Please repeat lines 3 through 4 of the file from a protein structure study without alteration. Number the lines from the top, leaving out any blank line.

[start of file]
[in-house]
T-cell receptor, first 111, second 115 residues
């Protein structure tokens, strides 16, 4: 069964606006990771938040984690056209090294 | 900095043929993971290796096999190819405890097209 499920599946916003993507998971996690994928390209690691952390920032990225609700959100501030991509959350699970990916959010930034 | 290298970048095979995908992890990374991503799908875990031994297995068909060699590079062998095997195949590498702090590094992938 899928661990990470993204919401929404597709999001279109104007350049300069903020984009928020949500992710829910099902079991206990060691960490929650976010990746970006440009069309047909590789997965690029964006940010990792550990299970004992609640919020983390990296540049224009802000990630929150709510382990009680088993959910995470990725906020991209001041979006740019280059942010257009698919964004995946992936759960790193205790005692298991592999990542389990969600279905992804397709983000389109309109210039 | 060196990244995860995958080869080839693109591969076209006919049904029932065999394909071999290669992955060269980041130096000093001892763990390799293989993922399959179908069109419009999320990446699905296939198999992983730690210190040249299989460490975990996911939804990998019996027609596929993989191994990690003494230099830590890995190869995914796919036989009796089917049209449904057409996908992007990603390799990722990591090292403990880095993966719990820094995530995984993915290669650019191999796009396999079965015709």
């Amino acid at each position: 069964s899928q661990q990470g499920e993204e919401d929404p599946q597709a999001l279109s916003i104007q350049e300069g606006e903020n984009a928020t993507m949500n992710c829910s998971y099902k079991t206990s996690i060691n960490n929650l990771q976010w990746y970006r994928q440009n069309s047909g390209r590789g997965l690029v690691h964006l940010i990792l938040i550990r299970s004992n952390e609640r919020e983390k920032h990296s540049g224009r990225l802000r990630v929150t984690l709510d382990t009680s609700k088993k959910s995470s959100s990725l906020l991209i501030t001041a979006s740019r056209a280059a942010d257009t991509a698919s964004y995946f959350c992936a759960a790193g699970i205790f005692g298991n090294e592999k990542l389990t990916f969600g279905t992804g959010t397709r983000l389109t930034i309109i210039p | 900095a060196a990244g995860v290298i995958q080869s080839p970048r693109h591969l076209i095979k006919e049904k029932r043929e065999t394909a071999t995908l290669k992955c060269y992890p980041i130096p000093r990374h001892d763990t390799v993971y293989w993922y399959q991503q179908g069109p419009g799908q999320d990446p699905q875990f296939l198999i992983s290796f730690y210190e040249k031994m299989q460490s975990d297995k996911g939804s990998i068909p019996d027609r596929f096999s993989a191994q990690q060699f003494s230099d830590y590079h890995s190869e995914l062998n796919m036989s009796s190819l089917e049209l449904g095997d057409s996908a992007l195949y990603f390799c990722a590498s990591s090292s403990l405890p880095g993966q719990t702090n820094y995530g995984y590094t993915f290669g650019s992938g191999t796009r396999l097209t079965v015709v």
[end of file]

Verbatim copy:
């Protein structure tokens, strides 16, 4: 069964606006990771938040984690056209090294 | 900095043929993971290796096999190819405890097209 499920599946916003993507998971996690994928390209690691952390920032990225609700959100501030991509959350699970990916959010930034 | 290298970048095979995908992890990374991503799908875990031994297995068909060699590079062998095997195949590498702090590094992938 899928661990990470993204919401929404597709999001279109104007350049300069903020984009928020949500992710829910099902079991206990060691960490929650976010990746970006440009069309047909590789997965690029964006940010990792550990299970004992609640919020983390990296540049224009802000990630929150709510382990009680088993959910995470990725906020991209001041979006740019280059942010257009698919964004995946992936759960790193205790005692298991592999990542389990969600279905992804397709983000389109309109210039 | 060196990244995860995958080869080839693109591969076209006919049904029932065999394909071999290669992955060269980041130096000093001892763990390799293989993922399959179908069109419009999320990446699905296939198999992983730690210190040249299989460490975990996911939804990998019996027609596929993989191994990690003494230099830590890995190869995914796919036989009796089917049209449904057409996908992007990603390799990722990591090292403990880095993966719990820094995530995984993915290669650019191999796009396999079965015709």
């Amino acid at each position: 069964s899928q661990q990470g499920e993204e919401d929404p599946q597709a999001l279109s916003i104007q350049e300069g606006e903020n984009a928020t993507m949500n992710c829910s998971y099902k079991t206990s996690i060691n960490n929650l990771q976010w990746y970006r994928q440009n069309s047909g390209r590789g997965l690029v690691h964006l940010i990792l938040i550990r299970s004992n952390e609640r919020e983390k920032h990296s540049g224009r990225l802000r990630v929150t984690l709510d382990t009680s609700k088993k959910s995470s959100s990725l906020l991209i501030t001041a979006s740019r056209a280059a942010d257009t991509a698919s964004y995946f959350c992936a759960a790193g699970i205790f005692g298991n090294e592999k990542l389990t990916f969600g279905t992804g959010t397709r983000l389109t930034i309109i210039p | 900095a060196a990244g995860v290298i995958q080869s080839p970048r693109h591969l076209i095979k006919e049904k029932r043929e065999t394909a071999t995908l290669k992955c060269y992890p980041i130096p000093r990374h001892d763990t390799v993971y293989w993922y399959q991503q179908g069109p419009g799908q999320d990446p699905q875990f296939l198999i992983s290796f730690y210190e040249k031994m299989q460490s975990d297995k996911g939804s990998i068909p019996d027609r596929f096999s993989a191994q990690q060699f003494s230099d830590y590079h890995s190869e995914l062998n796919m036989s009796s190819l089917e049209l449904g095997d057409s996908a992007l195949y990603f390799c990722a590498s990591s090292s403990l405890p880095g993966q719990t702090n820094y995530g995984y590094t993915f290669g650019s992938g191999t796009r396999l097209t079965v015709v």